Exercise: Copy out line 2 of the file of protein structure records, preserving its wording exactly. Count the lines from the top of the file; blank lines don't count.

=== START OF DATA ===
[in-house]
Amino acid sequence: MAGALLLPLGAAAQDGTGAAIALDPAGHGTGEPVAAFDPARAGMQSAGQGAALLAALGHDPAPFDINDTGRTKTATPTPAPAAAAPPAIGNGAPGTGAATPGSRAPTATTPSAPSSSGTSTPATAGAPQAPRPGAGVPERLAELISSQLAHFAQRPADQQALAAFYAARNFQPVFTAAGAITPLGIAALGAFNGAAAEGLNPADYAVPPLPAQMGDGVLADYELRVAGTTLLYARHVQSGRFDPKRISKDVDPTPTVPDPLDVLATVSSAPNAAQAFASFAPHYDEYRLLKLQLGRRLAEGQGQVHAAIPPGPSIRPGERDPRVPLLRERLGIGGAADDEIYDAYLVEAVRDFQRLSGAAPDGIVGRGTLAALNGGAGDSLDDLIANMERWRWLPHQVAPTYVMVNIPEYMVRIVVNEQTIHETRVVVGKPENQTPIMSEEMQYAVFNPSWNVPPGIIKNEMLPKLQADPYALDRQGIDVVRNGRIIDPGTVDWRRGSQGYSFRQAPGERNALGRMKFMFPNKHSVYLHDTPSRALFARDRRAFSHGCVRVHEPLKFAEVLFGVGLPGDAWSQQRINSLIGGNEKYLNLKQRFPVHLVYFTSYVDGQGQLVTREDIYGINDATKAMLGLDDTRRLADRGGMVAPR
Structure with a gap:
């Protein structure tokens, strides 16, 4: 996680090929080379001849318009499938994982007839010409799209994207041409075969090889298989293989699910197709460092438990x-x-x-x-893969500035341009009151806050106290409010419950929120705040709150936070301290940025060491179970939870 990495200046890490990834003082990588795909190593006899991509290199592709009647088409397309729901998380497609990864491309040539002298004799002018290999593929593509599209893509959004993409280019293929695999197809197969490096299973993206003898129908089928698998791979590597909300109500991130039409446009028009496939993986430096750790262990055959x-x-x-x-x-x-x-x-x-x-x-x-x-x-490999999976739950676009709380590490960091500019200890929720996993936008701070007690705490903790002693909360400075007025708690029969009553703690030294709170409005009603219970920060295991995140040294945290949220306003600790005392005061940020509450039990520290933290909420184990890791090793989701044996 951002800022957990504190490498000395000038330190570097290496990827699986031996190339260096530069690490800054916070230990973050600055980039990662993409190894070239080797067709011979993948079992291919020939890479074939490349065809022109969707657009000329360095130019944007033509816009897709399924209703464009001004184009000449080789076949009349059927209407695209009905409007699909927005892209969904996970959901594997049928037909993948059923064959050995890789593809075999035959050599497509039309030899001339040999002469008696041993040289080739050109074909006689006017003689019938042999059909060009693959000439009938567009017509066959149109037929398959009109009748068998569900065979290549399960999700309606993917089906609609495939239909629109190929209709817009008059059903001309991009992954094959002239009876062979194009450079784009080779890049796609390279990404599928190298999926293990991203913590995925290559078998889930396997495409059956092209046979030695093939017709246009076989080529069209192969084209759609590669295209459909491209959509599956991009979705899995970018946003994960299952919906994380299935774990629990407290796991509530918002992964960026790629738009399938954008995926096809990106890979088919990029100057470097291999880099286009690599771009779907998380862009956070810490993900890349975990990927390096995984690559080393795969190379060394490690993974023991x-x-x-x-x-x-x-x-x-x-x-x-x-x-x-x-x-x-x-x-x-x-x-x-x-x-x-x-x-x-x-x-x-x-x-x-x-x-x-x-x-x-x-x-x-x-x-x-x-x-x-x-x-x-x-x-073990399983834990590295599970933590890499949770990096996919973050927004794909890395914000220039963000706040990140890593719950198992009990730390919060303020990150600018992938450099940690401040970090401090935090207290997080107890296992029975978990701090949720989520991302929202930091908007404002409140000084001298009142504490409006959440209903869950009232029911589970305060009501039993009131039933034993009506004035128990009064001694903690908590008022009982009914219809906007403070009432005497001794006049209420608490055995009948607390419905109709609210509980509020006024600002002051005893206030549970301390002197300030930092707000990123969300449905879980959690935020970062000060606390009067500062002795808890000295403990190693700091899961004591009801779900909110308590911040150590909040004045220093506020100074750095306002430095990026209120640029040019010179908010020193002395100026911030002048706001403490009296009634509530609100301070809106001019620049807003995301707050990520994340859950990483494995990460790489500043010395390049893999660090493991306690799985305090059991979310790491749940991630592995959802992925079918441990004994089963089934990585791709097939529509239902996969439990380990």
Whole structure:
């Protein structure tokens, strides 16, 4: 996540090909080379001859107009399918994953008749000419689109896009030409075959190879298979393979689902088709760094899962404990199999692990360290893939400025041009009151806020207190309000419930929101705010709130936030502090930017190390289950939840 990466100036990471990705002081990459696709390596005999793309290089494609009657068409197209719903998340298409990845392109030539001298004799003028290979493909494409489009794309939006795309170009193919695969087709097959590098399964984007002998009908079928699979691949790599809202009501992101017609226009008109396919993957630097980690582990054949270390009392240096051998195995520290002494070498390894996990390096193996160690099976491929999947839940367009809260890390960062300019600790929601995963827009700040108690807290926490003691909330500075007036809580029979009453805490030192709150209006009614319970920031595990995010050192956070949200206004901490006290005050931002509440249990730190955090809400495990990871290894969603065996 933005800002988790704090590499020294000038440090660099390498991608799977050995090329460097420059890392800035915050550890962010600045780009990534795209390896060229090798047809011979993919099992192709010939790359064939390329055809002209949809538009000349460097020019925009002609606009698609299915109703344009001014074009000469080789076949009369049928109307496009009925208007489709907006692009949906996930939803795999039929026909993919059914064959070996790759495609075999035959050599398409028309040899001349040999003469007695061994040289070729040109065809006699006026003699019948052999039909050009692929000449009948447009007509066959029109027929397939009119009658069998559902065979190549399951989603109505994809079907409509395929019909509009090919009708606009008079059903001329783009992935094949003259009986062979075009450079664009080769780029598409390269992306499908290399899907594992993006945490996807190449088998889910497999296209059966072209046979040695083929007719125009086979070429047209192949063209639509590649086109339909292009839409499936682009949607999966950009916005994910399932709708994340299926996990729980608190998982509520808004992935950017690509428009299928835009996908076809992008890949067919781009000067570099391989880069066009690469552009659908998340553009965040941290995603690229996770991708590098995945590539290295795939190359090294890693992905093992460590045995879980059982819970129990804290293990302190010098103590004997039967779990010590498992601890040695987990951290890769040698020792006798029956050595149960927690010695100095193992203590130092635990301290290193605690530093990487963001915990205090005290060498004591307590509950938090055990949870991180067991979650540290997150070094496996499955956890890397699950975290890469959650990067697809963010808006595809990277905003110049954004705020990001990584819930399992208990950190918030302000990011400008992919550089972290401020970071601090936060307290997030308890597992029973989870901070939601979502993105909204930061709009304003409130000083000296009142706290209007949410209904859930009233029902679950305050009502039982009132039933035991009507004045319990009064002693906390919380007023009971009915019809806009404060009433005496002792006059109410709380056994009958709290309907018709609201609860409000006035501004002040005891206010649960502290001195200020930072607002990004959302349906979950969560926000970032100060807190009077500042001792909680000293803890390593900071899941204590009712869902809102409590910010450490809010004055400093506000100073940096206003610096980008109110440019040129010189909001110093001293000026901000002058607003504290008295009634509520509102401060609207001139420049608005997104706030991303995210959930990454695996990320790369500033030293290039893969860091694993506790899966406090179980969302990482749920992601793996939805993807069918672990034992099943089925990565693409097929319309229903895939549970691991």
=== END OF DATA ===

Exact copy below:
Amino acid sequence: MAGALLLPLGAAAQDGTGAAIALDPAGHGTGEPVAAFDPARAGMQSAGQGAALLAALGHDPAPFDINDTGRTKTATPTPAPAAAAPPAIGNGAPGTGAATPGSRAPTATTPSAPSSSGTSTPATAGAPQAPRPGAGVPERLAELISSQLAHFAQRPADQQALAAFYAARNFQPVFTAAGAITPLGIAALGAFNGAAAEGLNPADYAVPPLPAQMGDGVLADYELRVAGTTLLYARHVQSGRFDPKRISKDVDPTPTVPDPLDVLATVSSAPNAAQAFASFAPHYDEYRLLKLQLGRRLAEGQGQVHAAIPPGPSIRPGERDPRVPLLRERLGIGGAADDEIYDAYLVEAVRDFQRLSGAAPDGIVGRGTLAALNGGAGDSLDDLIANMERWRWLPHQVAPTYVMVNIPEYMVRIVVNEQTIHETRVVVGKPENQTPIMSEEMQYAVFNPSWNVPPGIIKNEMLPKLQADPYALDRQGIDVVRNGRIIDPGTVDWRRGSQGYSFRQAPGERNALGRMKFMFPNKHSVYLHDTPSRALFARDRRAFSHGCVRVHEPLKFAEVLFGVGLPGDAWSQQRINSLIGGNEKYLNLKQRFPVHLVYFTSYVDGQGQLVTREDIYGINDATKAMLGLDDTRRLADRGGMVAPR